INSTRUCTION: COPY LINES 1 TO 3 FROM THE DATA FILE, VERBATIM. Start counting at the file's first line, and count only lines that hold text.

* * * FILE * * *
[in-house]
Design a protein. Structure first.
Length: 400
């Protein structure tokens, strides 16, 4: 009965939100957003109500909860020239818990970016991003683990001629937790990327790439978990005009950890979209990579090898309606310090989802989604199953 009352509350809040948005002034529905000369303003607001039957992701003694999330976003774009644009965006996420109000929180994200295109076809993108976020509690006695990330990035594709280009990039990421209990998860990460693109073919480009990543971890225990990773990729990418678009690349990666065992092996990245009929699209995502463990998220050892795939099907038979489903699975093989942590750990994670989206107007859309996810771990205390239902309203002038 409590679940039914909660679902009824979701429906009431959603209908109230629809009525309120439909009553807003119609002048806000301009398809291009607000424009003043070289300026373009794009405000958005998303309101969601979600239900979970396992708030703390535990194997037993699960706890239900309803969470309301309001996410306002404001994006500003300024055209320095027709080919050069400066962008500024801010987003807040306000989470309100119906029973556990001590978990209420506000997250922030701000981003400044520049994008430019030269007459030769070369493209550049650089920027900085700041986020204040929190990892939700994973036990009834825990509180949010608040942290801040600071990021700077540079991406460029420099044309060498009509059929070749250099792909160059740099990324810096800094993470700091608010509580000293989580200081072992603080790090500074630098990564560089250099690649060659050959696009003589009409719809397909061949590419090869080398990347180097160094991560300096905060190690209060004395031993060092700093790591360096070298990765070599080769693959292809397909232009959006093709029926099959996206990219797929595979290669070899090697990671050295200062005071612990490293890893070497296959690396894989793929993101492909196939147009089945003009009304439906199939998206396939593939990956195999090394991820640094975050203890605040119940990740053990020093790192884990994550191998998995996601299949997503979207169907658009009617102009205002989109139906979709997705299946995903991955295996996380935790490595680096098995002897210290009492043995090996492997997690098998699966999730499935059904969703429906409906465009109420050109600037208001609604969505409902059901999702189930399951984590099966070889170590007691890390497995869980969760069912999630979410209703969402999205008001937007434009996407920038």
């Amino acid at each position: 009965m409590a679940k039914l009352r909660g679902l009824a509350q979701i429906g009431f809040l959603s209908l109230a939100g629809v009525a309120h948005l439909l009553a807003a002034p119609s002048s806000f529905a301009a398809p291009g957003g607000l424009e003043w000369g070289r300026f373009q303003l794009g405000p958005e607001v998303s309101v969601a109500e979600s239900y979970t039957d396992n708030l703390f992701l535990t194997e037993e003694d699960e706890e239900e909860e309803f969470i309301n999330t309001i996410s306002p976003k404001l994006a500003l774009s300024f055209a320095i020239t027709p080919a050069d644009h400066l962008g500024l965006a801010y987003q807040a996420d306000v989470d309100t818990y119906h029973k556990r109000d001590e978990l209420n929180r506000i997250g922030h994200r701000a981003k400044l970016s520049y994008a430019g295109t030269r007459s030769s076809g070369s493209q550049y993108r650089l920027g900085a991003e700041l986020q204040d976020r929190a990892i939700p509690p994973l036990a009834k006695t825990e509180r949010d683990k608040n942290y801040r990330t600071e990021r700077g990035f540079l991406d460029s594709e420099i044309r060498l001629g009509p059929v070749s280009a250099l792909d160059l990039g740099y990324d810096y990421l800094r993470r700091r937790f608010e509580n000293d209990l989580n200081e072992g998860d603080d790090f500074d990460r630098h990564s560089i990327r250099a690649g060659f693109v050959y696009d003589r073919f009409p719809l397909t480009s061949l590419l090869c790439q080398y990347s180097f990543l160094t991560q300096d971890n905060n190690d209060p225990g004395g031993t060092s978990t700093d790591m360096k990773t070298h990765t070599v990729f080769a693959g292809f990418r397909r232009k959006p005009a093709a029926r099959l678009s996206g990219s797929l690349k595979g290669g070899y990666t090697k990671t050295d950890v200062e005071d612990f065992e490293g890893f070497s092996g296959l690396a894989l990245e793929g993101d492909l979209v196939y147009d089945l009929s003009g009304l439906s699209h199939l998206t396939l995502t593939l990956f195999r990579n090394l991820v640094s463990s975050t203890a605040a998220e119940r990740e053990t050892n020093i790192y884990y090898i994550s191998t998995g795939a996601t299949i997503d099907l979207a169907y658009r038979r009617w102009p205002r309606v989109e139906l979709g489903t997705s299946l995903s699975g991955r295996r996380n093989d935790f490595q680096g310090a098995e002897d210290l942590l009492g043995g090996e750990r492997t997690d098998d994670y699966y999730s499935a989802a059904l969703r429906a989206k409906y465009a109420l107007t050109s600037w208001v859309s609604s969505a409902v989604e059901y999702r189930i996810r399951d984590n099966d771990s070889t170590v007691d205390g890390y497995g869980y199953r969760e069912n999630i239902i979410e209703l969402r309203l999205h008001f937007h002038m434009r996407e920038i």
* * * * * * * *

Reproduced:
[in-house]
Design a protein. Structure first.
Length: 400